The best part of Lindsey Ferrentino’s Amy and the Orphans is Jamie Brewer, the first actor with Down syndrome to play a lead in either an off-Broadway or Broadway production. She is absolutely wonderful. She has a male understudy, Edward Barbanell, so at certain performances, the title changes to Andy and the Orphans. Brewer is completely moving, impressively talented, and takes your heart in her hands.
Amy and the Orphans was written as a tribute to Ferrentino’s aunt, Amy. Starting in 1947 to 1987 institutions such as Willowbrook State School housed children with intellectual disabilities. Located in Staten Island, the school, which was designed for 4,000, had a population of 6,000 and was the biggest state-run institution for people with mental disabilities in the United States. Conditions and questionable medical practices and experiments prompted Sen. Robert Kennedy to call it a “snake pit”. Public outcry led to its closure in 1987, and to federal civil rights legislation protecting people with disabilities. Geraldo Rivera conducted a series of investigations at Willowbrook uncovering the deplorable conditions, including overcrowding, inadequate sanitary facilities, and physical and sexual abuse of residents by members of the school’s staff. The exposé, entitled Willowbrook: The Last Great Disgrace, lead to a class action lawsuit in 1972, but it took until 1987 to close the school down.
Amy and the Orphans is first set in the 1950’s and follows Sarah (Diane Davis) and Bobby (Josh McDermitt) as they make the decision to put their baby into an institution. Their marriage is falling apart, they are falling apart and this decision is the breaking point. Then every other scene is set in the present and the parents have both died. Later, their children, Jacob (Mark Blum) and Maggie (Debra Monk), come together to get their estranged sister, Amy (Jamie Brewer), out of the group home. They tell her of their parents’ death and intend to take her to her father’s memorial. Having guilt over the past and not really understanding what really happened to Amy, they also now want to take care of her. Once at the group home, things do not go as planned, as Amy is now a ward of the state and must have a caretaker with her. Enter the brash, loud-mouthed Kathy (Vanessa Aspillaga). As time is spent, the truth of what happened to Amy becomes clear.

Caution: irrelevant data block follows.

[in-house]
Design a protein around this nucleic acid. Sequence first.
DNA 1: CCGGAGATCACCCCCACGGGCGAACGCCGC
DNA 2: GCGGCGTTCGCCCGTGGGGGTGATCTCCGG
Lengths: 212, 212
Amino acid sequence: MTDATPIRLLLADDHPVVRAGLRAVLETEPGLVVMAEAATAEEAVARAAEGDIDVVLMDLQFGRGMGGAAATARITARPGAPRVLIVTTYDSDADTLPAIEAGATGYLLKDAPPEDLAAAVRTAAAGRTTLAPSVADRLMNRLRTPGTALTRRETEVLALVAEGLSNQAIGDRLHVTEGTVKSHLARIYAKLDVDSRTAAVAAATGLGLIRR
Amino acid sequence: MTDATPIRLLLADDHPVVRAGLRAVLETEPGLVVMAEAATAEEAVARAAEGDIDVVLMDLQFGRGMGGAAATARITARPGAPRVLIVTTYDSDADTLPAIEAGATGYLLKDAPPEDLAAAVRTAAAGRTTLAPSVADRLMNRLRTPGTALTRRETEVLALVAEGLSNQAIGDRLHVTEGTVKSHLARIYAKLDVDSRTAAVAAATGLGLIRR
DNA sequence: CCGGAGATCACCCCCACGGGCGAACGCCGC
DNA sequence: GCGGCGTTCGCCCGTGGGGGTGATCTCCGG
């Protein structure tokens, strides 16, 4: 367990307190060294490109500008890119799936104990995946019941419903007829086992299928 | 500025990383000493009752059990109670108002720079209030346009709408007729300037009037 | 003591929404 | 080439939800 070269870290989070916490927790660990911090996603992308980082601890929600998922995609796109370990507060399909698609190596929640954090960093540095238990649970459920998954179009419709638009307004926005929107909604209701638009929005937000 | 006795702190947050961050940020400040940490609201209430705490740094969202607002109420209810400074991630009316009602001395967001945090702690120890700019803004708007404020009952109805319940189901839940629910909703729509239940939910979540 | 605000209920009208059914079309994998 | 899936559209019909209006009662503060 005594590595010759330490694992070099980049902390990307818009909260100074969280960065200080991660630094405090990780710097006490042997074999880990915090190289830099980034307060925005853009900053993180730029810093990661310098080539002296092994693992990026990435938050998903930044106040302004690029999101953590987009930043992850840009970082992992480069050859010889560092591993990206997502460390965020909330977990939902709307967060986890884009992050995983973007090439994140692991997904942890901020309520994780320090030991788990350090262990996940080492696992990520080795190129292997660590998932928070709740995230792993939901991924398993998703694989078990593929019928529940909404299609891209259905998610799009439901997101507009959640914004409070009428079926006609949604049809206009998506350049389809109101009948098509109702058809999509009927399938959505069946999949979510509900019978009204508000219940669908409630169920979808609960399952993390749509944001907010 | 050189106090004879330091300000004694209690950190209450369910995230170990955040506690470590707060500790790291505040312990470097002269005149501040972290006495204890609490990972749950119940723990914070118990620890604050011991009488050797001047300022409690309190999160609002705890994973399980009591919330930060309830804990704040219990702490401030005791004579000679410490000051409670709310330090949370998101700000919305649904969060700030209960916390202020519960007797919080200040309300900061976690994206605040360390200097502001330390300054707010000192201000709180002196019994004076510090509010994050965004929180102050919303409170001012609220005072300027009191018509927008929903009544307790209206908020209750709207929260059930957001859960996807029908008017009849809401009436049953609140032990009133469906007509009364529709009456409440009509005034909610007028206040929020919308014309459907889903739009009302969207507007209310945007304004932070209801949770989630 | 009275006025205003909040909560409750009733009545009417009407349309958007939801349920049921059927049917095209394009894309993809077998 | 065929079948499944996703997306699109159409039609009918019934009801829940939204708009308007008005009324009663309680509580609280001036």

This play is actually hard to review because the material really needs to be fleshed out and it is not. There are potentially 3 plays here. The story of Sarah and Bobby, the story of Amy, and the story of the siblings and how the truth being kept from them shaped their lives. Ferrentino has something here, it’s just not complete.
Scott Ellis’ direction does not help with keeping this play on track. Everything here just feels like it’s skimming the surface and is not truthful.
The acting also seems subpar with Davis and McDermitt there for the comedic relief, but what they are talking about is not funny. Blum and Monk, who are wonderful actors, also seem like they are skimming the surface, settling on caricatures rather than fleshed out human beings, but I blame some of this on the writing. Aspillaga as Kathy brings some heart as the caretaker who cares. Her affinity with Jamie Brewer is touching and the two of them shine. Bravo to Ms. Brewer, who makes us laugh, cry, and see what a truly brave human being can be like. Ms. Brewer puts it all on the line and walks away with a winning performance for her off-Broadway debut.
Amy and the Orphans: Laura Pels Theater at the Harold and Miriam Steinberg Center for Theater, 111 W. 46th St. until April 22nd.